Ongoing fighting and the fear of reprisal killings has severely disrupted normal migration patterns for pastoralists in northern Mali, putting them and their families in danger of severe food insecurity and poverty as the lean season approaches.
The regions of Gao and Timbuktu remain volatile, with sporadic attacks and banditry. The most recent attack in Timbuktu, on 30 March, involved an attempted suicide bombing. Military operations in northern Kidal Region’s Ifoghas mountains have come to an end, but the region is far from secure, and tensions persist over the control of Kidal town by the Tuareg independence group the MNLA.
Limited migration, rise in tension
Insecurity has caused pastoralists to disperse widely across the north, but has also limited the migration routes of some for fear of violence. Thousands of Tuareg and Arab herders have taken refuge in neighbouring countries, too afraid of reprisal attacks to return to Mali’s pastoral zone north of the Niger River.
According to the Mali head of the NGO Action against Hunger, Franck Vanatelle, herders have mainly either headed north towards Kidal or northern Gao, or have stayed by the river in Gao and Timbuktu. According to Agronomists and Veterinarians without Borders (AVSF), criminality and banditry are very high in market areas in this zone.
Herders are gathering near the Mauritanian and Burkina Faso borders in the east, which is upping tensions between herders and farmers, said AVSF head Marc Chapon.
Experts fear that the southward movement of French military forces to the riverine pastoralist zones of Gao and Timbuktu will further disrupt herder movements as they flee potential violence.
Looted stocks, fodder out of reach
Over the course of 2012, herders in the occupied north lost considerable stocks as Islamist groups either seized their animals or bought them at very low prices. Mohamed Ould Rhissa, a pastoralist in Timbuktu, told IRIN, “I lost half of my herd during the occupation [of the north]. I had more than 200 animals, but now I have about 50 left. The jihadists came each week to take whichever ones they wanted.”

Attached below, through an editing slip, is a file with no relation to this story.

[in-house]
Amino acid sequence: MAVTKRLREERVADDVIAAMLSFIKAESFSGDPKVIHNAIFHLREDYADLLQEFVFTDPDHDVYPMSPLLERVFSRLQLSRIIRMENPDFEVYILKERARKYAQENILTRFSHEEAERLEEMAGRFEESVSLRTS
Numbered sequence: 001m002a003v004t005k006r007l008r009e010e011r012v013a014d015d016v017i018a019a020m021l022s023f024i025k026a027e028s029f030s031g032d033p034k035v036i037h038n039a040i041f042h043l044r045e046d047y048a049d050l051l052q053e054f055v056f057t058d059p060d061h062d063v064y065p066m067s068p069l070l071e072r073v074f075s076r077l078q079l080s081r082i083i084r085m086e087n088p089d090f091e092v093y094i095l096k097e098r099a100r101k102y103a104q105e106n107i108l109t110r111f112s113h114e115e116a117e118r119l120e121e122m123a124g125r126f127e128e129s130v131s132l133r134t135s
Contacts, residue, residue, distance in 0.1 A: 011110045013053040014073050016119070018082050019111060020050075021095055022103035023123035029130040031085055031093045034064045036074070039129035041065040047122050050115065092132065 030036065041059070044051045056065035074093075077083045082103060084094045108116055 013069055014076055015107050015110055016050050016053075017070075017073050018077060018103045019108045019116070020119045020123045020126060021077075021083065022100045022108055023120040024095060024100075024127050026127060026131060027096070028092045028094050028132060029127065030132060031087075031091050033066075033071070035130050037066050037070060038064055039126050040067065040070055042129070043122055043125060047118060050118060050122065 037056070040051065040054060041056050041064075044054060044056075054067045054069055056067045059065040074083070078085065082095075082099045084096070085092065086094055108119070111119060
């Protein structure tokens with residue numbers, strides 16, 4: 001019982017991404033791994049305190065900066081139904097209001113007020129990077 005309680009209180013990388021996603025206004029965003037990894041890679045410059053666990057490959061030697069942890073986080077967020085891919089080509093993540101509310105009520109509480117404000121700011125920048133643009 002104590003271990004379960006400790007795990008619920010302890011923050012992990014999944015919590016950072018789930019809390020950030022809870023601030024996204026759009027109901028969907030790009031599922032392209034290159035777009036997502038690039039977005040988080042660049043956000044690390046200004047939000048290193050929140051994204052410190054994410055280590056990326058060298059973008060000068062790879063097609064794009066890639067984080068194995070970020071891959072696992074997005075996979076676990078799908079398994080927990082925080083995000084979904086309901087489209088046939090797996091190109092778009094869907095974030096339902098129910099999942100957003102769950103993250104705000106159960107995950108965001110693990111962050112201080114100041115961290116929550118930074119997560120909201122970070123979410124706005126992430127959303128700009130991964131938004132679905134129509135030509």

Rhissa says he can no longer feed his 50 remaining animals; a bag of fodder is up from US$15 before the occupation to $40 now, and there is not enough pasture just outside of Timbuktu, where his animals remain, to feed them. “I don’t know what I’ll do with them - it’s hard to find water, pasture, people who have money to buy them. I can’t migrate because of the insecurity. It’s really sad.”
Fodder is also largely unavailable as many of the big fodder traders have fled the country. Other suppliers who usually come from southern Nigeria to exchange fodder for food are staying put this year, according to Famine Early Warning Systems Network (FEWS NET).
Gao resident Oumarou Ag told IRIN some herders are simply giving their animals away to the military as they cannot afford to feed them. Some of those who managed to migrate south, to the river valley around Mopti, have had to sell their animals at very low prices.
“In Gao, the livestock sector will have to be completely overhauled, otherwise it will be a catastrophe,” he told IRIN.
Animal markets paralyzed
The closure of the Algerian border means no animal markets are functioning 50km north of the river, in Timbuktu and Gao. Almost all the commercial exchange taking place is between small traders who exchange food for animals.
While the price of animals is traditionally on the rise this time of year, it cannot keep up with the soaring price of cereals, creating poor terms of trade. According to recent assessments, cereal prices are up to 70 percent higher than the five-year average in some parts of the north, sparking concern of mounting food insecurity.
Pastoralists who have gone to markets in Gao town say they cannot sell their animals as no one is around or able to buy them.
Pastoralists have considerably cut their meat and milk consumption, according to the World Food Programme, which did not give figures.
Even in a normal year, pastoralists’ difficult season starts in around April or May, when pasture starts to run out, while the lean season for farmers will worsen between April and June.
“We feel abandoned,” said Rhissa. “No one is helping us. NGOs give food for people, but none of them - nor the government - thinks of us. Livestock will soon become a ghost sector.”
For the past year, the government has been more or less absent from the north, meaning all official animal support activities have stopped. According to AVSF’s Chapon, the only veterinary and vaccination operations to take place in the north - in northern Gao and Timbuktu - have been theirs, meaning overall coverage for animals is very low.
“High concentrations of animals in certain valleys, areas near lakes and other bodies of water mean there is a strong risk of diseases breaking out,” said Chapon, who urged agencies and the government to decide whether a mass vaccination campaign would be feasible in 2013. But vaccination coverage would likely be hampered by the constant power cuts in the north, which would make it difficult and expensive to maintain a vaccine cold chain.
AVSF is setting up three mobile animal and person health teams in the northern Timbuktu and Gao regions, as well as six health posts. The NGO is also considering re-stocking animals for families who lost a lot of their livestock either through looting, as a result of the 2011-2012 crisis, or because they fled, leaving their animals behind.